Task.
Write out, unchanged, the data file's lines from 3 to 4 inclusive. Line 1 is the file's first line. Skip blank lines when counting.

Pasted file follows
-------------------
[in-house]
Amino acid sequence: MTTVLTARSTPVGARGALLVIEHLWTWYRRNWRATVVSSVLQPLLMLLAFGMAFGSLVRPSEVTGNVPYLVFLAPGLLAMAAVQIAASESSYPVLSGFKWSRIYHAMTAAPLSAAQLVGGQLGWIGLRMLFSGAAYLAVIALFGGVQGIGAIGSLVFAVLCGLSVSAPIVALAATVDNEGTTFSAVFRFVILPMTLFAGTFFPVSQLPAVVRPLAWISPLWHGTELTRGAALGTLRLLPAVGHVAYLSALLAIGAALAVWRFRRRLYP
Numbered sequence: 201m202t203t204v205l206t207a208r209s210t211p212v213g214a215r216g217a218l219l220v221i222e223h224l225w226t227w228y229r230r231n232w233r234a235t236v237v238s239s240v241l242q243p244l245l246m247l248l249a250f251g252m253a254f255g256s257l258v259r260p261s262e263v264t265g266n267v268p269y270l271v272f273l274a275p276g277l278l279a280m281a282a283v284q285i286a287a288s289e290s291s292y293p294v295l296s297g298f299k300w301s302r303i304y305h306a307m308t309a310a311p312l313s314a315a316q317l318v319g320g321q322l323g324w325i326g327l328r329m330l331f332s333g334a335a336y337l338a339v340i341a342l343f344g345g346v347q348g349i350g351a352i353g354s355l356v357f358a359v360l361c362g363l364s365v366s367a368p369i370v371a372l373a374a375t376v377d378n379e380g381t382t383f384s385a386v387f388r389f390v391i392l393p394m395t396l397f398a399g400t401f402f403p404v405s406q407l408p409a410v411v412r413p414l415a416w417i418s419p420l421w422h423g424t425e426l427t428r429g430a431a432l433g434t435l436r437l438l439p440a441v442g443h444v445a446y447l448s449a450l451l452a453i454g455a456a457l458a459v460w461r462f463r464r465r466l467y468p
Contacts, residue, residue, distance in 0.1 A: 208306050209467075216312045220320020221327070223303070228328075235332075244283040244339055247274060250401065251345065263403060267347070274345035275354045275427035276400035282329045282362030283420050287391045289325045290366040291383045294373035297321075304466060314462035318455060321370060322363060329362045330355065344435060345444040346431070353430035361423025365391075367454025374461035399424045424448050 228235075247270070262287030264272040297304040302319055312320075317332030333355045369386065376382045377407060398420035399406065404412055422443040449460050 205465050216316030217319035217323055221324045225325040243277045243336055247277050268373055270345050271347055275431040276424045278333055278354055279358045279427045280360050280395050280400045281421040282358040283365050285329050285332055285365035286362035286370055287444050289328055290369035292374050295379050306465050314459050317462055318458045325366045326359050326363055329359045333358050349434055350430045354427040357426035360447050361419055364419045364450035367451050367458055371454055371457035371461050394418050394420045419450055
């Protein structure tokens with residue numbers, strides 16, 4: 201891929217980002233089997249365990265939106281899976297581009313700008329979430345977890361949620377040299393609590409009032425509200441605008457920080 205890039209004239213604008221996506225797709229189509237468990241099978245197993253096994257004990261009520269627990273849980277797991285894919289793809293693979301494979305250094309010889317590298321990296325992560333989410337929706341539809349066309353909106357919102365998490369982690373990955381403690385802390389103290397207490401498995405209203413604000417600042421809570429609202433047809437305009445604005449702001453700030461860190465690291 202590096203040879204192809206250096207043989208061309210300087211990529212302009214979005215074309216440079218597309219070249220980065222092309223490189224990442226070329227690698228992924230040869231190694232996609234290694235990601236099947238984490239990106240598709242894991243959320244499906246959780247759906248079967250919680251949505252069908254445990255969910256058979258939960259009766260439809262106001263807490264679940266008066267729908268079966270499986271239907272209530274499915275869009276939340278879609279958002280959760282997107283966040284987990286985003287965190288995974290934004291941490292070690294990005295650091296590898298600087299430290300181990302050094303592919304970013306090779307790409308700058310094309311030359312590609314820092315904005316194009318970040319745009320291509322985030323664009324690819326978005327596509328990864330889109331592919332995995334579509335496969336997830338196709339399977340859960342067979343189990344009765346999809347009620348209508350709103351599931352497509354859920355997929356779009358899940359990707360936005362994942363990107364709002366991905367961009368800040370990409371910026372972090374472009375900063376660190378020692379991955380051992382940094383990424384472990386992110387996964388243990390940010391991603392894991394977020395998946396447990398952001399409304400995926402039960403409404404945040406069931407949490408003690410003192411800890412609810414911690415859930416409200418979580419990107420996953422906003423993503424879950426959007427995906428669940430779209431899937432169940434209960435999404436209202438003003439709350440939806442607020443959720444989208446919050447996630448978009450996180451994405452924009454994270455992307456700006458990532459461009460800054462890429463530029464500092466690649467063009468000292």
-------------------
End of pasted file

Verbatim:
Numbered sequence: 201m202t203t204v205l206t207a208r209s210t211p212v213g214a215r216g217a218l219l220v221i222e223h224l225w226t227w228y229r230r231n232w233r234a235t236v237v238s239s240v241l242q243p244l245l246m247l248l249a250f251g252m253a254f255g256s257l258v259r260p261s262e263v264t265g266n267v268p269y270l271v272f273l274a275p276g277l278l279a280m281a282a283v284q285i286a287a288s289e290s291s292y293p294v295l296s297g298f299k300w301s302r303i304y305h306a307m308t309a310a311p312l313s314a315a316q317l318v319g320g321q322l323g324w325i326g327l328r329m330l331f332s333g334a335a336y337l338a339v340i341a342l343f344g345g346v347q348g349i350g351a352i353g354s355l356v357f358a359v360l361c362g363l364s365v366s367a368p369i370v371a372l373a374a375t376v377d378n379e380g381t382t383f384s385a386v387f388r389f390v391i392l393p394m395t396l397f398a399g400t401f402f403p404v405s406q407l408p409a410v411v412r413p414l415a416w417i418s419p420l421w422h423g424t425e426l427t428r429g430a431a432l433g434t435l436r437l438l439p440a441v442g443h444v445a446y447l448s449a450l451l452a453i454g455a456a457l458a459v460w461r462f463r464r465r466l467y468p
Contacts, residue, residue, distance in 0.1 A: 208306050209467075216312045220320020221327070223303070228328075235332075244283040244339055247274060250401065251345065263403060267347070274345035275354045275427035276400035282329045282362030283420050287391045289325045290366040291383045294373035297321075304466060314462035318455060321370060322363060329362045330355065344435060345444040346431070353430035361423025365391075367454025374461035399424045424448050 228235075247270070262287030264272040297304040302319055312320075317332030333355045369386065376382045377407060398420035399406065404412055422443040449460050 205465050216316030217319035217323055221324045225325040243277045243336055247277050268373055270345050271347055275431040276424045278333055278354055279358045279427045280360050280395050280400045281421040282358040283365050285329050285332055285365035286362035286370055287444050289328055290369035292374050295379050306465050314459050317462055318458045325366045326359050326363055329359045333358050349434055350430045354427040357426035360447050361419055364419045364450035367451050367458055371454055371457035371461050394418050394420045419450055